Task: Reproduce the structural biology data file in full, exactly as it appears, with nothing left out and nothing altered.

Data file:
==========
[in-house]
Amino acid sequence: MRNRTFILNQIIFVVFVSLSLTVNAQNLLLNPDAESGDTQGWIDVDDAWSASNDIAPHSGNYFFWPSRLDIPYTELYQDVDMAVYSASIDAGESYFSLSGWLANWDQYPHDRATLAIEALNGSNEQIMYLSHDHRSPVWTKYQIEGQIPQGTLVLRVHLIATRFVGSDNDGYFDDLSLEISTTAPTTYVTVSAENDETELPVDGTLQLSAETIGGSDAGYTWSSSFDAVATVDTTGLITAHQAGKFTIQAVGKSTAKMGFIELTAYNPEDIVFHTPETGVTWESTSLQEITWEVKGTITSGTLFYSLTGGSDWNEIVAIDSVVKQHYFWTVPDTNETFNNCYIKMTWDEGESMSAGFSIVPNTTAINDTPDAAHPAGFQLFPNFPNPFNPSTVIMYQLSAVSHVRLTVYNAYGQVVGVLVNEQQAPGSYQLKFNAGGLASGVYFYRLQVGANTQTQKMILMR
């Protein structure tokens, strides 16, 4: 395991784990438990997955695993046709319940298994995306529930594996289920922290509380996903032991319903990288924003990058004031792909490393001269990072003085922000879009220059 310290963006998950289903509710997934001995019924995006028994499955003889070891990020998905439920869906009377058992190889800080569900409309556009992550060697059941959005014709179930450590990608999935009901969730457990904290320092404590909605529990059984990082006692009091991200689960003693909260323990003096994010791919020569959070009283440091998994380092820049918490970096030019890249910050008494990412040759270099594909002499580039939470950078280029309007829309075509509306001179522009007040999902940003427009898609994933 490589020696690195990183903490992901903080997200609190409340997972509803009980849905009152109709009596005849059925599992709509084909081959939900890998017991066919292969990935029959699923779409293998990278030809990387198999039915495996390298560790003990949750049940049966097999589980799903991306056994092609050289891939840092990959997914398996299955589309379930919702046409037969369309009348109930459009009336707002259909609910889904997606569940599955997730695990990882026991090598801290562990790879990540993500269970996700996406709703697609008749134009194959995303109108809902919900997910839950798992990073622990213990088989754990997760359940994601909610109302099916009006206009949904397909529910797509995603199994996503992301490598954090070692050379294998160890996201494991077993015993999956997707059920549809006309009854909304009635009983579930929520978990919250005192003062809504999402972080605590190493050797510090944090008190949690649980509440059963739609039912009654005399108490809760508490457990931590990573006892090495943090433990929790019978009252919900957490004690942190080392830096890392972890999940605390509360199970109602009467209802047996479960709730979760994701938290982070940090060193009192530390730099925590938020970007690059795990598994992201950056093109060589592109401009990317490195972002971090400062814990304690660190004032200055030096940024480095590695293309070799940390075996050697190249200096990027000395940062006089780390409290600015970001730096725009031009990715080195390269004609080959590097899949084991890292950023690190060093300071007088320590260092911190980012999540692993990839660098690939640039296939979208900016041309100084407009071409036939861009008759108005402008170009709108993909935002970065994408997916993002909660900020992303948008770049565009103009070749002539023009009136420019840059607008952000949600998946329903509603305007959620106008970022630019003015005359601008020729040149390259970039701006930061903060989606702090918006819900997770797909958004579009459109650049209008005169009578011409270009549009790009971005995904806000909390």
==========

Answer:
[in-house]
Amino acid sequence: MRNRTFILNQIIFVVFVSLSLTVNAQNLLLNPDAESGDTQGWIDVDDAWSASNDIAPHSGNYFFWPSRLDIPYTELYQDVDMAVYSASIDAGESYFSLSGWLANWDQYPHDRATLAIEALNGSNEQIMYLSHDHRSPVWTKYQIEGQIPQGTLVLRVHLIATRFVGSDNDGYFDDLSLEISTTAPTTYVTVSAENDETELPVDGTLQLSAETIGGSDAGYTWSSSFDAVATVDTTGLITAHQAGKFTIQAVGKSTAKMGFIELTAYNPEDIVFHTPETGVTWESTSLQEITWEVKGTITSGTLFYSLTGGSDWNEIVAIDSVVKQHYFWTVPDTNETFNNCYIKMTWDEGESMSAGFSIVPNTTAINDTPDAAHPAGFQLFPNFPNPFNPSTVIMYQLSAVSHVRLTVYNAYGQVVGVLVNEQQAPGSYQLKFNAGGLASGVYFYRLQVGANTQTQKMILMR
């Protein structure tokens, strides 16, 4: 395991784990438990997955695993046709319940298994995306529930594996289920922290509380996903032991319903990288924003990058004031792909490393001269990072003085922000879009220059 310290963006998950289903509710997934001995019924995006028994499955003889070891990020998905439920869906009377058992190889800080569900409309556009992550060697059941959005014709179930450590990608999935009901969730457990904290320092404590909605529990059984990082006692009091991200689960003693909260323990003096994010791919020569959070009283440091998994380092820049918490970096030019890249910050008494990412040759270099594909002499580039939470950078280029309007829309075509509306001179522009007040999902940003427009898609994933 490589020696690195990183903490992901903080997200609190409340997972509803009980849905009152109709009596005849059925599992709509084909081959939900890998017991066919292969990935029959699923779409293998990278030809990387198999039915495996390298560790003990949750049940049966097999589980799903991306056994092609050289891939840092990959997914398996299955589309379930919702046409037969369309009348109930459009009336707002259909609910889904997606569940599955997730695990990882026991090598801290562990790879990540993500269970996700996406709703697609008749134009194959995303109108809902919900997910839950798992990073622990213990088989754990997760359940994601909610109302099916009006206009949904397909529910797509995603199994996503992301490598954090070692050379294998160890996201494991077993015993999956997707059920549809006309009854909304009635009983579930929520978990919250005192003062809504999402972080605590190493050797510090944090008190949690649980509440059963739609039912009654005399108490809760508490457990931590990573006892090495943090433990929790019978009252919900957490004690942190080392830096890392972890999940605390509360199970109602009467209802047996479960709730979760994701938290982070940090060193009192530390730099925590938020970007690059795990598994992201950056093109060589592109401009990317490195972002971090400062814990304690660190004032200055030096940024480095590695293309070799940390075996050697190249200096990027000395940062006089780390409290600015970001730096725009031009990715080195390269004609080959590097899949084991890292950023690190060093300071007088320590260092911190980012999540692993990839660098690939640039296939979208900016041309100084407009071409036939861009008759108005402008170009709108993909935002970065994408997916993002909660900020992303948008770049565009103009070749002539023009009136420019840059607008952000949600998946329903509603305007959620106008970022630019003015005359601008020729040149390259970039701006930061903060989606702090918006819900997770797909958004579009459109650049209008005169009578011409270009549009790009971005995904806000909390």